• Type C Goals – Your “Fantasy” goals

Needless to say, it’s those C goals you want your billion dollar brain working on.

Rule #2:  What you think about you become

OK, not a new idea. The fact of the matter is though, that negative thoughts produce negative results and positive thoughts produce positive results. Police yourself. We need to be aware of what we’re thinking. I’ll add my own corollary here, and it’s also an old, but powerful notion. You become the average of the five people you hang out with the most. Be a real friend and help them police their own thoughts too!

Rule #3:  Create don’t compete

Told you I’d get back to this one… This rule is actually one that I struggle with. I love to compete. For me winning is fun. For crying out loud winning is fun for everybody! So don’t we all need to compete constantly so we can experience that thrill of victory?

Yes, but… If you’re using your billion dollar brain and setting those big, hairy, audacious goals, you’re going to wind up not winning. A lot! There are always a lot of defeats on the road to victory.

That’s why we need to constantly create according to Paul. Every time you create something, you learn something. Create a great email message. Create a great golf shot. Create a great meal. Create a great relationship. Create a great whatever and you’ve got something. More importantly, you’ve learned something. And you’re that much better equipped to win – – – eventually.

Rule #4: Trust The Feel

You might be familiar with Maya Angelou’s admonition to “Just do right.” “Trust the feel” is very much the same sort of notion. We all have an innate sense of right and wrong. We also have an innate sense of what will and won’t work. What feels good probably – almost certainly – IS good. What feels right probably – almost certainly – IS right. Your gut is usually – almost always – right the first time. Trust the feel. Do what’s right. It’ll be amazing.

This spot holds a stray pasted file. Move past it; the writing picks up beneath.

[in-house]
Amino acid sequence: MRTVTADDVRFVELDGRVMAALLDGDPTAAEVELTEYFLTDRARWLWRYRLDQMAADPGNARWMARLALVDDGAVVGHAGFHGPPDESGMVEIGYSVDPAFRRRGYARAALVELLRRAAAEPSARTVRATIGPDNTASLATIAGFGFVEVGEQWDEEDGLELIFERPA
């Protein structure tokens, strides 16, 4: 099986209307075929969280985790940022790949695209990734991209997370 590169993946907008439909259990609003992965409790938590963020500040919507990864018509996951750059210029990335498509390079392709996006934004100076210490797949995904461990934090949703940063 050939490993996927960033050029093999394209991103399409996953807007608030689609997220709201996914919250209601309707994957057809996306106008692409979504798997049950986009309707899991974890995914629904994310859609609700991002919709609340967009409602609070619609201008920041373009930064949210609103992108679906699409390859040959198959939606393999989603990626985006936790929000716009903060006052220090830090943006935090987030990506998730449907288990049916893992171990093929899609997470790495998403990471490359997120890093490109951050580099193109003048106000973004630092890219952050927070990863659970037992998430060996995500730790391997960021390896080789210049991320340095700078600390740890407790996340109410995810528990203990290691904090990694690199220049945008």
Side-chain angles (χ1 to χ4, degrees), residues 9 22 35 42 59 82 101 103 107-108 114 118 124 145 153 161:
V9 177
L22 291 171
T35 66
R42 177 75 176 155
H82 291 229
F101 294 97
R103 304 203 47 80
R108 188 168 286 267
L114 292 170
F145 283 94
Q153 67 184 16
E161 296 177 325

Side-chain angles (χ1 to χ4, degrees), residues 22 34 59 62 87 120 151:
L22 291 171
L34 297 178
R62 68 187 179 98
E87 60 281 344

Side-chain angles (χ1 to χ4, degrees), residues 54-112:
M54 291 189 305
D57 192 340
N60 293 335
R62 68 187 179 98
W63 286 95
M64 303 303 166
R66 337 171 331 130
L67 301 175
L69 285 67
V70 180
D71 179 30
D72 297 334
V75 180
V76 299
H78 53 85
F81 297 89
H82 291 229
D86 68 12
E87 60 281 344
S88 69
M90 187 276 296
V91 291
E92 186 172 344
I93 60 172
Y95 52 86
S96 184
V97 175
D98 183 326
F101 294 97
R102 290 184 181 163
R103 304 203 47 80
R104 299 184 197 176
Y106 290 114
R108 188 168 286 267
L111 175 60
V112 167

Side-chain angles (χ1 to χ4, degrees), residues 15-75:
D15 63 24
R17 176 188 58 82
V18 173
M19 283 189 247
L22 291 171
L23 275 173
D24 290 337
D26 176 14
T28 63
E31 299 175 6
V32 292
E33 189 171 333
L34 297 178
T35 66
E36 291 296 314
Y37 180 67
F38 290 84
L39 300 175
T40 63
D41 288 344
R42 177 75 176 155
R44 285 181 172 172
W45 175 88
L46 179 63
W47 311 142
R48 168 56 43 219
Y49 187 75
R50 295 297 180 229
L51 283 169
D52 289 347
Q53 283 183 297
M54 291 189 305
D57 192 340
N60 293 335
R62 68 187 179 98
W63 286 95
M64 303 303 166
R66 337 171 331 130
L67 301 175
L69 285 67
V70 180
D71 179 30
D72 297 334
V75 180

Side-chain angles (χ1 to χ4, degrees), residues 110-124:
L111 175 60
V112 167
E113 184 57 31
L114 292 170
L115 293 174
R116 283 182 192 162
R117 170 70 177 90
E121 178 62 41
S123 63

Rule #5: Follow The Four Rules For Great Self-Esteem

Yeah, I know, Paul cheated on this one and slipped in a few extra rules… Let’s let him slide. They are all related to feeling better about yourself, which inevitably will lead to having more fun. So here we go:

Rule 5A:  Forgive them

Do it for yourself, NOT for them. Holding a grudge hurts you at least as much if not more than the other guy. Let it go.

Rule 5B:  Forgive yourself

NEWS FLASH!!! You’re not perfect. You’re going to do stupid stuff. Your instinct will be to beat yourself up much worse than anyone else would. Recognize that. Wipe your own slate clean. Otherwise all that burden will slow you down.

Rule 5C:  Be the best you

Remember the old U.S. Army commercials? “Be all you can be.” Same idea. Paul contends that the key to this rule is Reset-Reset-Reset, especially when you’re not in the zone. Simply be aware of when you’re in the zone and when you’re not. And do so all the time! Be the best you, you can be today …and every day.

Rule 5D: Go at your own pace

This does not mean go slow. It does, however, emphasize “Go!” There’s no need to proceed at some arbitrary pace, but there is an intense need proceed. Persistence!

So there you have it. Paul Nicholson’s 5 Rules. Good stuff and food for thought.

I’m your Intentionally Vicarious host Todd Youngblood, urging you to check out more of Paul’s insight at paulnicholson.com and to check out the bonus IV episode that consists of a conversation Paul and I had recently. I’m thinking that combining some of his thinking with intentionally vicariously exploring, questioning, learning and thinking still more – you just might get started along the path of having more fun than anyone else you know.

Thanks for paying attention…